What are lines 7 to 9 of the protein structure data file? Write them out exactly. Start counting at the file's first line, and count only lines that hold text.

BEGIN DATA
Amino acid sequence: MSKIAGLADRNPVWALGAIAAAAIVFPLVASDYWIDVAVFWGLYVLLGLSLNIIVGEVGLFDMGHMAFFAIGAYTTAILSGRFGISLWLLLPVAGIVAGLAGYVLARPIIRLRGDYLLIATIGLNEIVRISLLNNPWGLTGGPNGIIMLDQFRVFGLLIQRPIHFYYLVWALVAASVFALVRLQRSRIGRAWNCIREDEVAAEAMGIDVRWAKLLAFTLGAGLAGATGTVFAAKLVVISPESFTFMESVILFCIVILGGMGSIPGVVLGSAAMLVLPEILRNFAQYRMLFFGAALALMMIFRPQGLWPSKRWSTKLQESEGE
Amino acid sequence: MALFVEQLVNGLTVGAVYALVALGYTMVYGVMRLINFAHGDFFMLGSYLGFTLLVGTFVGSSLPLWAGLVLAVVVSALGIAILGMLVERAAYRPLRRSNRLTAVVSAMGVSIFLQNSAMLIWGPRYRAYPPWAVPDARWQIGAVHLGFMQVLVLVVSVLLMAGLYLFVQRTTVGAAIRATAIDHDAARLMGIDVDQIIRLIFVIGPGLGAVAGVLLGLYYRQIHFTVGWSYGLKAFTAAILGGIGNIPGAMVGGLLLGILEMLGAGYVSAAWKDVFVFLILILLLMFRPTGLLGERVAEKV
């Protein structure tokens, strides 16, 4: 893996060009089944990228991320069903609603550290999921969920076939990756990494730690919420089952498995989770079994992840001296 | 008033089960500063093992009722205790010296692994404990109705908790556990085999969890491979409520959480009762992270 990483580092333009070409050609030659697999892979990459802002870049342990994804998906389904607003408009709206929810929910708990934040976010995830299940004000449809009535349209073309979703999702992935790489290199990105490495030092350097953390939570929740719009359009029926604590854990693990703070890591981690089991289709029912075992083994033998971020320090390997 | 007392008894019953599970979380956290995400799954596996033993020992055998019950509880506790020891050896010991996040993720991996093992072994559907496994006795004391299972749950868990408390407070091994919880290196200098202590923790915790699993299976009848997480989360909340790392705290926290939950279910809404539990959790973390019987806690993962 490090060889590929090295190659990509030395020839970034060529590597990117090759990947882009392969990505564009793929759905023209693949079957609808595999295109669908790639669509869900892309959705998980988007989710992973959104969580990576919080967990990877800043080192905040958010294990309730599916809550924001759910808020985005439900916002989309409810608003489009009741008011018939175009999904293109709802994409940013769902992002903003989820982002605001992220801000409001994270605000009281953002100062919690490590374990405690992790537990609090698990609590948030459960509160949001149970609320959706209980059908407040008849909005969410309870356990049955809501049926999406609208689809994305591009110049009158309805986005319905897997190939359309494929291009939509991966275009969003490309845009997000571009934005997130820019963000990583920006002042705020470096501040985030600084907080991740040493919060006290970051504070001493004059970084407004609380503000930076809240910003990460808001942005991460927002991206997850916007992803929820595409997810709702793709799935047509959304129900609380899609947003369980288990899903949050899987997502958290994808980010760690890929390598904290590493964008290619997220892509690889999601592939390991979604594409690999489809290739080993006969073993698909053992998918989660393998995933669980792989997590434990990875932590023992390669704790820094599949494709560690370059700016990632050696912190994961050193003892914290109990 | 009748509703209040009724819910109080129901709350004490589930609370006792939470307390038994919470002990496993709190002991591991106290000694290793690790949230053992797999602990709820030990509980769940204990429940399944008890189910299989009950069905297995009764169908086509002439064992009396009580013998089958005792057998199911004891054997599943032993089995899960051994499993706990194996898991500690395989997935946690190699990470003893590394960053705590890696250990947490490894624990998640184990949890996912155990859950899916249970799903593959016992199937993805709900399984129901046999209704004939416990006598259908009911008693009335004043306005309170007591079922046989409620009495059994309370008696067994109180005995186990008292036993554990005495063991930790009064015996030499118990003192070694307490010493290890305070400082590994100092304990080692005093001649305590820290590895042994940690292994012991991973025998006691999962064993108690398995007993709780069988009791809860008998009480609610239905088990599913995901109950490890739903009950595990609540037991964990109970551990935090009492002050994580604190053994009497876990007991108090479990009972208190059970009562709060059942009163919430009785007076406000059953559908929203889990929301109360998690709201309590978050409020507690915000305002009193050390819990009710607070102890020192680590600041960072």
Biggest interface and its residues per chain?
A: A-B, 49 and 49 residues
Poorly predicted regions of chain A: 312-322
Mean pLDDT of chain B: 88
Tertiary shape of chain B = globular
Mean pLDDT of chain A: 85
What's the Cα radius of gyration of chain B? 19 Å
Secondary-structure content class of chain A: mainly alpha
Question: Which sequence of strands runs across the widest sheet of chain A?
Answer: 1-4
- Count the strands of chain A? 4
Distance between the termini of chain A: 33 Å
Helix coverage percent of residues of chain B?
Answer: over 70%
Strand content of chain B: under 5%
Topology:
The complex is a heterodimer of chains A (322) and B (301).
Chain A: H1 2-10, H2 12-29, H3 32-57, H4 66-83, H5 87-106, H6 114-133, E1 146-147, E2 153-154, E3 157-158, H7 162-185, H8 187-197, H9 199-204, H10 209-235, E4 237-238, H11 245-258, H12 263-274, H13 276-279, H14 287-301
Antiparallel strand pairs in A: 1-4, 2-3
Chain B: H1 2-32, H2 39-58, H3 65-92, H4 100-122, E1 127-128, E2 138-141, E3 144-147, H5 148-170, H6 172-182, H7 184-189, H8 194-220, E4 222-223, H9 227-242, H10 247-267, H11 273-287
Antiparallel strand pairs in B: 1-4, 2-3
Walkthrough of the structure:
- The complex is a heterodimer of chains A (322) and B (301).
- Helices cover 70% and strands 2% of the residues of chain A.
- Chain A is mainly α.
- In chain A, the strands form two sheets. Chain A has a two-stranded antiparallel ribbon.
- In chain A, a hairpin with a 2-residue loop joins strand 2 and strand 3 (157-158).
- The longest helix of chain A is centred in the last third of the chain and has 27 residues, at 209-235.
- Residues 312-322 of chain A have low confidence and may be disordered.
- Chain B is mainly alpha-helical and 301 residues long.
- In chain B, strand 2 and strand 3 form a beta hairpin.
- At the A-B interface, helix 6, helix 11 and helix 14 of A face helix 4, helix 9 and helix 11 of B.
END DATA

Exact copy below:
Mean pLDDT of chain B: 88
Tertiary shape of chain B = globular
Mean pLDDT of chain A: 85